Note that blocks themselves have some complexity and overhead and we should carefully weigh the trade offs before we decide to use them.

When Not to Use TPL Dataflow

There are some situation where using TPL Dataflow is not suitable. I’ll briefly go thought them and explain why that could be the case.

  • Your application is not concurrent, dah
  • Performance is very important, because TPL Dataflow is an abstraction over thread etc.
  • When you need a fine grained control over what a thread does and how it does it etc.
  • There’s no mutable state, in other word our system doesn’t have synchronization issues

A lot of these point can be discussed further and some of them can be refuted. For example TPL Dataflow is not slow, but they are still abstraction over normal .Net constructs. The important take away is that we should examine the pro and cons and made a decision of case by case basis.

TPL Dataflow Example in .Net

Here we take a look at combination of TransformBlock and ActionBlock. TransformBlock  can receive an input and transform it to a different output. ActionBlock on the other hand only receive input. So naturally ActionBlock is located at the end of our pipeline and we use it to print the final result. You can see the this example with more explanations here.

Each of these blocks take an input and generate an output. But right now they are not very interesting, we need to connect these blocks to form a network.

First we create a DataflowLinkOptions and set the PropagateCompletion to true. This cause the blocks to propagate their result to the next block even if there’s an error in a source block. Then we link the blocks using the LinkTo method, it receives a source and connect it to a target. After that post the URL of the book The Iliad of Homer to the head of the Dataflow pipeline. Note that we use the synchronous method for posting the book to the head of our pipeline. But there’s also the async version method, namely SendAsync which we can use.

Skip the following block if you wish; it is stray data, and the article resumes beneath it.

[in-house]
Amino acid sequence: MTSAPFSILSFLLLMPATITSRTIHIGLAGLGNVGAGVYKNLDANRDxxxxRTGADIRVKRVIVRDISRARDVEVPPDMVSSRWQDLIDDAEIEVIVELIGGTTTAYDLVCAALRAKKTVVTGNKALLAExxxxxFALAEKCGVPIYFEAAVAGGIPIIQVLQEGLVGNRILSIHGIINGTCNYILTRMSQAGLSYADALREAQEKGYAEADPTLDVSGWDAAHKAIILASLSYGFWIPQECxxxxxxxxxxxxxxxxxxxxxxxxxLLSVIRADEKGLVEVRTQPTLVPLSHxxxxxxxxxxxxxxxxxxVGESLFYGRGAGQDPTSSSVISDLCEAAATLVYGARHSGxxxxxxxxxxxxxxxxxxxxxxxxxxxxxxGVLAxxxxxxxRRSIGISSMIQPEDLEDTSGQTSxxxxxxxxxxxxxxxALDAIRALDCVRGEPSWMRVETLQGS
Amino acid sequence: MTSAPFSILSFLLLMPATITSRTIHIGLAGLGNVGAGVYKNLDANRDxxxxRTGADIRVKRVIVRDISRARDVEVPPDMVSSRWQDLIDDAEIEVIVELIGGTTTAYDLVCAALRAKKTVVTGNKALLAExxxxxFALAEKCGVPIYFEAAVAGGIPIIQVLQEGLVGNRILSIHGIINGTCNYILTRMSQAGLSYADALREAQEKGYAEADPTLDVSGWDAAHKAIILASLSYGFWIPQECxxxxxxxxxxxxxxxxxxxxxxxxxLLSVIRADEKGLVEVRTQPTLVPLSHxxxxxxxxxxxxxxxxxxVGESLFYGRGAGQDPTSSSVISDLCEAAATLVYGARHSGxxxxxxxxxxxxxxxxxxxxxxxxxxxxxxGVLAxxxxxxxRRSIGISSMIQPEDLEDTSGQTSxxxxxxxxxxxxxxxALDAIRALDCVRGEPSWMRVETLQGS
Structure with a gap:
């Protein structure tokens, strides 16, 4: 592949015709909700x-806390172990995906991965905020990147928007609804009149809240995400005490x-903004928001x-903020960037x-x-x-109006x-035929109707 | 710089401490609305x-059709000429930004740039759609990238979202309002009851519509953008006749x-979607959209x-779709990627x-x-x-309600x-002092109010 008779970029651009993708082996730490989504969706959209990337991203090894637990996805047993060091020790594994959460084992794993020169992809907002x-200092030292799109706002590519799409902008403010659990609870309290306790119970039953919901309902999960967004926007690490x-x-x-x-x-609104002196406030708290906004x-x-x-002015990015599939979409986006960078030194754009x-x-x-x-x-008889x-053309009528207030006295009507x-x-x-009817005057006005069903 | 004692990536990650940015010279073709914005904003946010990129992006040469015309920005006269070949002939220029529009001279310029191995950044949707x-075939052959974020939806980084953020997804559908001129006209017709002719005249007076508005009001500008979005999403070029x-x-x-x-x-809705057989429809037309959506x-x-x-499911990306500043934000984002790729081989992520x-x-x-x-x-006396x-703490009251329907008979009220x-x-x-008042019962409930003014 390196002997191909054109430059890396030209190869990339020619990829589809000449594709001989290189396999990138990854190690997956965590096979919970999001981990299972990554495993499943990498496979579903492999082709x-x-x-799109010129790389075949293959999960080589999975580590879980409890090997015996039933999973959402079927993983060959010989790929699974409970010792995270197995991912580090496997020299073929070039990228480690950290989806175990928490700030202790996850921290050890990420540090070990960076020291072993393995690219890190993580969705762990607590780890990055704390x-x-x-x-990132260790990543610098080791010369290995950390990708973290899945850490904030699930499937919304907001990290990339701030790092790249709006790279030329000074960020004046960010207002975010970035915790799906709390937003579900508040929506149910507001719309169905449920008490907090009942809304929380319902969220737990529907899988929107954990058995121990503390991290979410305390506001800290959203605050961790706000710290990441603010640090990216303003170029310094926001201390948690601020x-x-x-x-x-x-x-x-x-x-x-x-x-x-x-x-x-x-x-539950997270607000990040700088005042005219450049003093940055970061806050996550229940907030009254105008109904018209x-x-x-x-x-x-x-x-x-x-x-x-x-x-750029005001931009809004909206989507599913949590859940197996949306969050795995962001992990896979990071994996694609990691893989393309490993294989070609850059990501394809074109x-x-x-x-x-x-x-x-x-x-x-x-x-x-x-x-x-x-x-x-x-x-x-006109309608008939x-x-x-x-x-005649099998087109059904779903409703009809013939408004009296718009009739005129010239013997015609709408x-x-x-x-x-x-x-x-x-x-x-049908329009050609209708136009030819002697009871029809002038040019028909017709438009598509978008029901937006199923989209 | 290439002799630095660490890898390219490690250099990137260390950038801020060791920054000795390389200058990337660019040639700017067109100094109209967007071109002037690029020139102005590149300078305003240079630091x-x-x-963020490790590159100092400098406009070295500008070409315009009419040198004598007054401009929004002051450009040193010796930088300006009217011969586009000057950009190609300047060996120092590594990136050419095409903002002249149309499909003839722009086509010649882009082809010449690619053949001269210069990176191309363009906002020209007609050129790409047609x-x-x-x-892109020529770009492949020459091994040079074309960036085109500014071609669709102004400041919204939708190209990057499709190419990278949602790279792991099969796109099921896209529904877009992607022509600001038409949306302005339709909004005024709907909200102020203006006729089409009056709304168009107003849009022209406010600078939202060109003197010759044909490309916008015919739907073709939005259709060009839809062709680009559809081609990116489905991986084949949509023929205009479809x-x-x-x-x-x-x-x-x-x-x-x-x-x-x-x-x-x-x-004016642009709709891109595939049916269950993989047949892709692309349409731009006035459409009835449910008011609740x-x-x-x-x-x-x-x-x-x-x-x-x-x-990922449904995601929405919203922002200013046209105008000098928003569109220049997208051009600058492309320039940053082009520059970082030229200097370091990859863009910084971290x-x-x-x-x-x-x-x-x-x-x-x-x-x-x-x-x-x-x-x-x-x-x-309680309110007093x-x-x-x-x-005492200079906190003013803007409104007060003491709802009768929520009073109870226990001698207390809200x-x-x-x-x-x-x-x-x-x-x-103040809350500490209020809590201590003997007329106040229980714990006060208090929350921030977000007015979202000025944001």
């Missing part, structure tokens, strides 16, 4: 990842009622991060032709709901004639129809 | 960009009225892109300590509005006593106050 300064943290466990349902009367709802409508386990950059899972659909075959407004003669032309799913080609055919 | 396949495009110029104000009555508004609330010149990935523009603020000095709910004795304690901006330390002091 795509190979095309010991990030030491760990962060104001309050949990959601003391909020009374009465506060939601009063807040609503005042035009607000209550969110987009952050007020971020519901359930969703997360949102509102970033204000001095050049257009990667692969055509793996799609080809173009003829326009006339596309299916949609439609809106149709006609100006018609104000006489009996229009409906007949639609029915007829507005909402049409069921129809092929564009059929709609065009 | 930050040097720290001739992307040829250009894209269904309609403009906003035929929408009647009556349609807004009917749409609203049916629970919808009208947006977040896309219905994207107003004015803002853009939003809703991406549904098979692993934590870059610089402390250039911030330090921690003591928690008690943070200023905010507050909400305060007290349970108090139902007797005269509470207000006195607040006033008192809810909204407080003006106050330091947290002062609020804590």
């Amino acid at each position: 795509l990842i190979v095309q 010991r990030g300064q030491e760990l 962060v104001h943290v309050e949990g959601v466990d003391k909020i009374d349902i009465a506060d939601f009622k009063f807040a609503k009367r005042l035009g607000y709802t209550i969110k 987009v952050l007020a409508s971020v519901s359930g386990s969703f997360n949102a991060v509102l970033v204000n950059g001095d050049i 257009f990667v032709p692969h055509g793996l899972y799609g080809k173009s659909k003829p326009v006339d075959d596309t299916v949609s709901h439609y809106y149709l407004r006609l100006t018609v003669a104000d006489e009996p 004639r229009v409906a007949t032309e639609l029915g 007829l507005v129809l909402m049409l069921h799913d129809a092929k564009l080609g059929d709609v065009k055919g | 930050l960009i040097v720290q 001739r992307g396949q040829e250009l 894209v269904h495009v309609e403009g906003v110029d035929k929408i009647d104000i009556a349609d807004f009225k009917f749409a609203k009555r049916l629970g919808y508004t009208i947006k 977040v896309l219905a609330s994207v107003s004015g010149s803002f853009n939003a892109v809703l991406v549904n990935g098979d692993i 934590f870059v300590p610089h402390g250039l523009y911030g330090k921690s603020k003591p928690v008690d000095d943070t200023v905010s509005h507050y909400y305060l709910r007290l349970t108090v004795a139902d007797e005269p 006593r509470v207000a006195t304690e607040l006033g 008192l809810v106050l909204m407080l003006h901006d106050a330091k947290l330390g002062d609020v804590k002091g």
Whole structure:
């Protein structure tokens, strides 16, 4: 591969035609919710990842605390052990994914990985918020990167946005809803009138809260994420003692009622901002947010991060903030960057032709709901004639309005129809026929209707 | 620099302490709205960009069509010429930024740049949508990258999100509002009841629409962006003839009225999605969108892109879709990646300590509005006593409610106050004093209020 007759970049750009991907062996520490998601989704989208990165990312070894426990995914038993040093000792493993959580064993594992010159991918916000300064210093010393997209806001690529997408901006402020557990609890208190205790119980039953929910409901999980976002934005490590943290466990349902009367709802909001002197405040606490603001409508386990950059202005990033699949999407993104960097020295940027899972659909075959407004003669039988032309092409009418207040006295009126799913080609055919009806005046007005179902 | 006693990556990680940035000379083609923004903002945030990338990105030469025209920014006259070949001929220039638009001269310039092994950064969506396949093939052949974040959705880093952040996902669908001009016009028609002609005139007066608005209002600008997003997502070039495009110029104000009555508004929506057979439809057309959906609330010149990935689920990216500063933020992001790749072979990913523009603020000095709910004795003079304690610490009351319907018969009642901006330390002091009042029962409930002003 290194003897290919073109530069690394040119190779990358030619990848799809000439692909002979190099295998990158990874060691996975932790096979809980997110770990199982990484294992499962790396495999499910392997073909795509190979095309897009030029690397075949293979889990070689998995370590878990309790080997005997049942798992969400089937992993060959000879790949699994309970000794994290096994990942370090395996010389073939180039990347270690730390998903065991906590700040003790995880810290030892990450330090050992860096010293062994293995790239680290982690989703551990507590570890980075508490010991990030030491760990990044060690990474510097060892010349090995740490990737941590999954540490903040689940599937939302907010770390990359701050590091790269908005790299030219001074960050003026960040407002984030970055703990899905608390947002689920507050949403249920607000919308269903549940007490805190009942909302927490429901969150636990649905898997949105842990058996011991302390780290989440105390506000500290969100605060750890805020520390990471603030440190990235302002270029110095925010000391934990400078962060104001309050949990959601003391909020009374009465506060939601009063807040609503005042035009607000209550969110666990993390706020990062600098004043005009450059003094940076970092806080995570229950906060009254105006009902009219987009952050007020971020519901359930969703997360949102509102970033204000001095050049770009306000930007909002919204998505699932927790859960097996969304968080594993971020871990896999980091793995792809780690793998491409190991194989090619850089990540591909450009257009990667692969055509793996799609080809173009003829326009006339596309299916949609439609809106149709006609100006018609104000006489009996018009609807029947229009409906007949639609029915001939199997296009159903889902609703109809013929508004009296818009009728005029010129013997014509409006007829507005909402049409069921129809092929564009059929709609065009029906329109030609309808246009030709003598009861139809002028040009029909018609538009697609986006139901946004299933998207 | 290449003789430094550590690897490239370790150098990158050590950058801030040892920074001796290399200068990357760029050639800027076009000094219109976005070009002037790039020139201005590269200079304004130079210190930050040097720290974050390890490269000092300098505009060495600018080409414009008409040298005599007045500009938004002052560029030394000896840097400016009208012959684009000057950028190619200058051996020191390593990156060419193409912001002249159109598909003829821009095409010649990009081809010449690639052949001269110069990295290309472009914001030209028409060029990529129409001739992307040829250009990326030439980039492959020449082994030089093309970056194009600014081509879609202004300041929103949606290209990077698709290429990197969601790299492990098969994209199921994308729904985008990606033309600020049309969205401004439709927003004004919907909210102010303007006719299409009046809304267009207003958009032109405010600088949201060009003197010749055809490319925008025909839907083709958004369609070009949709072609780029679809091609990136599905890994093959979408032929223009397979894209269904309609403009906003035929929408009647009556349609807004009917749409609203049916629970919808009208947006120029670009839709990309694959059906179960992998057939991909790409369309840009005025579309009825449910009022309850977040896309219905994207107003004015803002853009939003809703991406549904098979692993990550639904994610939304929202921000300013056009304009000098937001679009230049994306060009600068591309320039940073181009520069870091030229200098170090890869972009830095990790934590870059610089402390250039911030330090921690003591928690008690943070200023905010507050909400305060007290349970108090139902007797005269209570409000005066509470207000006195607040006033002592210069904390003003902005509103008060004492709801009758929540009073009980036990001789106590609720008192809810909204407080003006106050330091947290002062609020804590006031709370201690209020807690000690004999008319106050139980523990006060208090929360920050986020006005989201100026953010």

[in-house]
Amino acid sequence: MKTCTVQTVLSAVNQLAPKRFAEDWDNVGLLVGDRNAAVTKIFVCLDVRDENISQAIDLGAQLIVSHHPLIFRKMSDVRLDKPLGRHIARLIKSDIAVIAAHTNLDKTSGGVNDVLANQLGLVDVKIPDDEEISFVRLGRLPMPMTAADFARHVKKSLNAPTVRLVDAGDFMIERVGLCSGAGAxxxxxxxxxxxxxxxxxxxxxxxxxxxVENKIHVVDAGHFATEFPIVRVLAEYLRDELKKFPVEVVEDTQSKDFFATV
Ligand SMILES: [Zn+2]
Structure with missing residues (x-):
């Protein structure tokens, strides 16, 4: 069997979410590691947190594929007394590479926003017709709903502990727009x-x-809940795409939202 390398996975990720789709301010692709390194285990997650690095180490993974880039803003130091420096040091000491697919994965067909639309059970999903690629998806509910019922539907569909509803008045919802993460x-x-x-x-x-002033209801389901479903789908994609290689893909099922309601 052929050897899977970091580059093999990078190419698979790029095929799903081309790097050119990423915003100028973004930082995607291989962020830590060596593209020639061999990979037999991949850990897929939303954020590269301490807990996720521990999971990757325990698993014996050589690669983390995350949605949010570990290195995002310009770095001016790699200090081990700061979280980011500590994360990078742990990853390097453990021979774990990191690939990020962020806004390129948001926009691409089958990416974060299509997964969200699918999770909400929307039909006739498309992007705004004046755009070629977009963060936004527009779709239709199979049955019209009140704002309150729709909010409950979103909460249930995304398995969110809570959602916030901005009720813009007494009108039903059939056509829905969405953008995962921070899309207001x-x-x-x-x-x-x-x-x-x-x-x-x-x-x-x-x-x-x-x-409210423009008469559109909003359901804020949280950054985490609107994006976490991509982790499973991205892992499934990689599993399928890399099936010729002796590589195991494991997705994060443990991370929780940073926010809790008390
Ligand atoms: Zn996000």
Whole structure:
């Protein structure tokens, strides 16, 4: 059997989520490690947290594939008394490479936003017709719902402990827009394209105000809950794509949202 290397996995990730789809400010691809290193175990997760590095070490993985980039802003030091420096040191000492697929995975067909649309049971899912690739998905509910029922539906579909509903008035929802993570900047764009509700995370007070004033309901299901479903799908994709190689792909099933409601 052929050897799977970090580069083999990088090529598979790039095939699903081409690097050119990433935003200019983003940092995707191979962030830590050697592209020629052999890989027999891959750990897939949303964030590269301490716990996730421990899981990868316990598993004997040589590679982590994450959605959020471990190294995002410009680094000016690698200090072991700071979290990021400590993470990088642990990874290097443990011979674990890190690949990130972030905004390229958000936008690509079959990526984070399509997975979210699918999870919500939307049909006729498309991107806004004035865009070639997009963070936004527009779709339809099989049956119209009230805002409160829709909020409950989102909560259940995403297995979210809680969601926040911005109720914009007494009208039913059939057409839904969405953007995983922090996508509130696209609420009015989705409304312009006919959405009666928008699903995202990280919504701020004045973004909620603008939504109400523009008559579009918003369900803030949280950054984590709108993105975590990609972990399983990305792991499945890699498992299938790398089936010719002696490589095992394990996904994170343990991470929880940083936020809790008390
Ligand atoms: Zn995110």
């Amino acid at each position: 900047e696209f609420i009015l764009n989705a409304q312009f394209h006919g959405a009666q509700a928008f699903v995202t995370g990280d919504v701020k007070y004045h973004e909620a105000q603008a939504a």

After that we call the Complete method to mark the head of the pipeline as completed. The head of the pipeline propagates its completion after it processes all buffered messages. We should use the Complete on the head of our pipeline when we’re sure we have no more input to the head. Finally we wait for the tail block to finish processing by calling printReversedWords.Completion.Wait();. Overall blocks are considered finished if the tail of our block finishes, that’s the reason we are calling it on the last block.

Note that we should await this instead of using Wait(). MSDN example does this because we’re in a console app and correct async code is not the point here.


In this post, I discussed what TPL Dataflow is and when it should be used and when it should be avoided. We also saw an example of Dataflow using ActionBlock and TransformBlock which received a text, each block did some processing on it and passed it down the pipeline.

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Hamid Mosalla

Hi, I'm Hamid Mosalla, I'm a software developer, indie cinema fan and a classical music aficionado. Here I write about my experiences mostly related to web development and .Net.